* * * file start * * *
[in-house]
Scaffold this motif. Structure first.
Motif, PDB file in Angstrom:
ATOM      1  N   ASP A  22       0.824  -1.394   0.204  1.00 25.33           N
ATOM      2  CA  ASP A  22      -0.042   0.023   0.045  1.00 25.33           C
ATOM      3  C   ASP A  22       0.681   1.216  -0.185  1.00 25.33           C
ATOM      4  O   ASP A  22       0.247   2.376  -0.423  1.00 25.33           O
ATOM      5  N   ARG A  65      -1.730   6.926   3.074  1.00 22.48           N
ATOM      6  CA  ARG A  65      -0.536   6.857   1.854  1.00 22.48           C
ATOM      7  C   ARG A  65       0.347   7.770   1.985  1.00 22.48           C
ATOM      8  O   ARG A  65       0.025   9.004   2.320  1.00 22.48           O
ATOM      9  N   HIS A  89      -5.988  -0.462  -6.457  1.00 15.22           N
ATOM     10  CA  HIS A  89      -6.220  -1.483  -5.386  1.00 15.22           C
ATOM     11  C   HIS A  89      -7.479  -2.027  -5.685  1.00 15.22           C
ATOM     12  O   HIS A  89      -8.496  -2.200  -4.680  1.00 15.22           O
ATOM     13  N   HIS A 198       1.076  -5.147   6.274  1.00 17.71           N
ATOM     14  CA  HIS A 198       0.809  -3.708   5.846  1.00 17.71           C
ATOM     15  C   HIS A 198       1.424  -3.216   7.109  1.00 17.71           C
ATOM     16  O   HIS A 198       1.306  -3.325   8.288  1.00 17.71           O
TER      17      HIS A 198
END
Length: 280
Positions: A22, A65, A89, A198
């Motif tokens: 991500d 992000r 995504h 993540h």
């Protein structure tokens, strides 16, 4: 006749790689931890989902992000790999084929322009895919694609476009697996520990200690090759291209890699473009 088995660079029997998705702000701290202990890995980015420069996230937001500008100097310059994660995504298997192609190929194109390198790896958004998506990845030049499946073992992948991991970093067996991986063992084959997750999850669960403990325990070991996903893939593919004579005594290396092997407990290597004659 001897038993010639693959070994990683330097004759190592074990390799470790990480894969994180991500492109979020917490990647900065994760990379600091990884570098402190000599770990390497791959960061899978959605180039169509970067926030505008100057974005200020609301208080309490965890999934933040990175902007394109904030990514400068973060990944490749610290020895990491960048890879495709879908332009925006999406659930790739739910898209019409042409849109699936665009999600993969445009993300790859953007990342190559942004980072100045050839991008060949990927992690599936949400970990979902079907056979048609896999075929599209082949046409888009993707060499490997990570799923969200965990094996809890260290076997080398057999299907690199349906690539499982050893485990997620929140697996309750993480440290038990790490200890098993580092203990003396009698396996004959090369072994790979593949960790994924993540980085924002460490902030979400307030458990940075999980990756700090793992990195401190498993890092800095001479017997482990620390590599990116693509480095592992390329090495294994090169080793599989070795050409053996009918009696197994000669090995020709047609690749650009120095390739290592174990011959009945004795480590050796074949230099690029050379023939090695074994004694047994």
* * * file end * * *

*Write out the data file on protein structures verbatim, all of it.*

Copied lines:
[in-house]
Scaffold this motif. Structure first.
Motif, PDB file in Angstrom:
ATOM      1  N   ASP A  22       0.824  -1.394   0.204  1.00 25.33           N
ATOM      2  CA  ASP A  22      -0.042   0.023   0.045  1.00 25.33           C
ATOM      3  C   ASP A  22       0.681   1.216  -0.185  1.00 25.33           C
ATOM      4  O   ASP A  22       0.247   2.376  -0.423  1.00 25.33           O
ATOM      5  N   ARG A  65      -1.730   6.926   3.074  1.00 22.48           N
ATOM      6  CA  ARG A  65      -0.536   6.857   1.854  1.00 22.48           C
ATOM      7  C   ARG A  65       0.347   7.770   1.985  1.00 22.48           C
ATOM      8  O   ARG A  65       0.025   9.004   2.320  1.00 22.48           O
ATOM      9  N   HIS A  89      -5.988  -0.462  -6.457  1.00 15.22           N
ATOM     10  CA  HIS A  89      -6.220  -1.483  -5.386  1.00 15.22           C
ATOM     11  C   HIS A  89      -7.479  -2.027  -5.685  1.00 15.22           C
ATOM     12  O   HIS A  89      -8.496  -2.200  -4.680  1.00 15.22           O
ATOM     13  N   HIS A 198       1.076  -5.147   6.274  1.00 17.71           N
ATOM     14  CA  HIS A 198       0.809  -3.708   5.846  1.00 17.71           C
ATOM     15  C   HIS A 198       1.424  -3.216   7.109  1.00 17.71           C
ATOM     16  O   HIS A 198       1.306  -3.325   8.288  1.00 17.71           O
TER      17      HIS A 198
END
Length: 280
Positions: A22, A65, A89, A198
């Motif tokens: 991500d 992000r 995504h 993540h």
């Protein structure tokens, strides 16, 4: 006749790689931890989902992000790999084929322009895919694609476009697996520990200690090759291209890699473009 088995660079029997998705702000701290202990890995980015420069996230937001500008100097310059994660995504298997192609190929194109390198790896958004998506990845030049499946073992992948991991970093067996991986063992084959997750999850669960403990325990070991996903893939593919004579005594290396092997407990290597004659 001897038993010639693959070994990683330097004759190592074990390799470790990480894969994180991500492109979020917490990647900065994760990379600091990884570098402190000599770990390497791959960061899978959605180039169509970067926030505008100057974005200020609301208080309490965890999934933040990175902007394109904030990514400068973060990944490749610290020895990491960048890879495709879908332009925006999406659930790739739910898209019409042409849109699936665009999600993969445009993300790859953007990342190559942004980072100045050839991008060949990927992690599936949400970990979902079907056979048609896999075929599209082949046409888009993707060499490997990570799923969200965990094996809890260290076997080398057999299907690199349906690539499982050893485990997620929140697996309750993480440290038990790490200890098993580092203990003396009698396996004959090369072994790979593949960790994924993540980085924002460490902030979400307030458990940075999980990756700090793992990195401190498993890092800095001479017997482990620390590599990116693509480095592992390329090495294994090169080793599989070795050409053996009918009696197994000669090995020709047609690749650009120095390739290592174990011959009945004795480590050796074949230099690029050379023939090695074994004694047994």